Politics and Plastic Surgery

How does the perception of plastic surgery change a potential presidential candidate’s campaign? How does it change what voters think about that candidate?

Before the advent of television, political candidates more or less were straightforward and had to politic in more traditional means. Then the first televised debate occurred in September of 1960 between presidential candidates Richard Nixon (the current vice president) and a senator from Massachusetts named John F. Kennedy. Interestingly, most of the public that listened to the debate on the radio declared it a draw or thought that Nixon had won, while those that watched the debate on television overwhelmingly thought that Kennedy had done much better. Was it because Kennedy was deemed better looking? Or did he just engage the camera and television audience better than Nixon?

Now there are a lot of variables when it comes to being photogenic, especially for television and not all of it has to do strictly with looks. Kennedy performed better for television, addressing the camera instead of the reporters present, more or less connecting with over fifty million Americans watching from their living rooms. Kennedy was prepared, Nixon was not.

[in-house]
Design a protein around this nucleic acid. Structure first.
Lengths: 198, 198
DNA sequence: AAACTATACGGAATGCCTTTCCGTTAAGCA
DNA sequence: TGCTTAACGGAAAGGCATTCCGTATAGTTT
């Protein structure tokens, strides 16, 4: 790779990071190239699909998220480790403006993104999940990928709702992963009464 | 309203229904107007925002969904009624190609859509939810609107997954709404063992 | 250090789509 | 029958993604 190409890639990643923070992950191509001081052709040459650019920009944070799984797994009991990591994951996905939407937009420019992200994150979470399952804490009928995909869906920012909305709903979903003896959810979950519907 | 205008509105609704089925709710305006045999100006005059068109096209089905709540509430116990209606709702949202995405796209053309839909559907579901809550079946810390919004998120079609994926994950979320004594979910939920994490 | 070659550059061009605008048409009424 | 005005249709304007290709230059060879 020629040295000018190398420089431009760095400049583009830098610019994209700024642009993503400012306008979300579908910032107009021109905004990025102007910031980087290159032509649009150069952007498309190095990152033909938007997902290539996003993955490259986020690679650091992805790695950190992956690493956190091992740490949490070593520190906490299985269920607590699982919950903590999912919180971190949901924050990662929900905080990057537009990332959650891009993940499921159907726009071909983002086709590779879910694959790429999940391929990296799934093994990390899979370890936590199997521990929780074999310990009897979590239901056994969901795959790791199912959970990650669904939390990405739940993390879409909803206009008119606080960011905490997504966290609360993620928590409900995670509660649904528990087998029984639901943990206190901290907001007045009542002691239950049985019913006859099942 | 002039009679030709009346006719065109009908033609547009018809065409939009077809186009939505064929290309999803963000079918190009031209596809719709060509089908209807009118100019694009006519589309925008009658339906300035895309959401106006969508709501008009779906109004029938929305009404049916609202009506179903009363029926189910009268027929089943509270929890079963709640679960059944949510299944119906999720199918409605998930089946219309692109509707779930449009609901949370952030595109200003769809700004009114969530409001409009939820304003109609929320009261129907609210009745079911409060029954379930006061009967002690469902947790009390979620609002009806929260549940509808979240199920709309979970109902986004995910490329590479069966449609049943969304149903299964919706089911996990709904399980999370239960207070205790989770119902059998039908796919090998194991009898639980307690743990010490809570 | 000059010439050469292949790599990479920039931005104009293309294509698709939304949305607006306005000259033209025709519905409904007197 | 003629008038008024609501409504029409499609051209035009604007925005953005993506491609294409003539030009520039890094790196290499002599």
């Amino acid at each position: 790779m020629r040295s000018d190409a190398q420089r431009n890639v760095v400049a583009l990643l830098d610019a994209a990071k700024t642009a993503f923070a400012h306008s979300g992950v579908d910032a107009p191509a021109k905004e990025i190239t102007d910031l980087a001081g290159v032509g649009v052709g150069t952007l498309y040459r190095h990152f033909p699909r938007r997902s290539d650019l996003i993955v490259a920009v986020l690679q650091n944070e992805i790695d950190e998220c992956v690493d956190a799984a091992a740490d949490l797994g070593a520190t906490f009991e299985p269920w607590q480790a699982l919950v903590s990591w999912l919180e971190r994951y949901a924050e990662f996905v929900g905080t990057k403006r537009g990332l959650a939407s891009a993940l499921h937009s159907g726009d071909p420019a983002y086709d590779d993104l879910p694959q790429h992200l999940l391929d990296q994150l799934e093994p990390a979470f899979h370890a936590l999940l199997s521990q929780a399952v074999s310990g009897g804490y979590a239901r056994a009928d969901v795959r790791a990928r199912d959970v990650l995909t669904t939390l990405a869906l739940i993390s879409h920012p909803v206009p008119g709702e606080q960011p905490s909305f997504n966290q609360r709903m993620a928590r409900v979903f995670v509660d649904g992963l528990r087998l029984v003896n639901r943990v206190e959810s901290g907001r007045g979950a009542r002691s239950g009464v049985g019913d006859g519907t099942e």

Since then, many elections have come and gone, but one constant has remained. The media and television have played a huge role ever since the debates of 1960. Now, being in front of a camera constantly on a campaign trail has necessitated the need for candidates to look their absolute best. In fact, it’s been said that people naturally gravitate toward a more handsome or attractive person, even a political candidate.

What if a candidate has the best ideas, the most centered personality, the smarts and basically everything they’d need to win an election, except looks? What do they do then? Would some turn to elective cosmetic surgery? Possibly, but it probably wouldn’t be in their best interests, even if it did improve their looks.

According to a study done by RealSelf, candidates would be negatively affected by their decision to undergo a plastic surgery operation. The study basically determined that depending on which type of procedure, a certain percentage of the public would either reconsider their vote or change it.

This means that even though most plastic surgery performed in this day and age is done with the intention of a medical or a self-confidence benefit, the negative stigma remains. Whether it’s right or not, we seem to be concerned more about a candidate’s personal life and choices, not about whether or not they’re a qualified individual.

Moral of the story? If you’re voting this election season, make sure you vote for the best candidate, not the best looking one. 

Politics and Plastic Surgery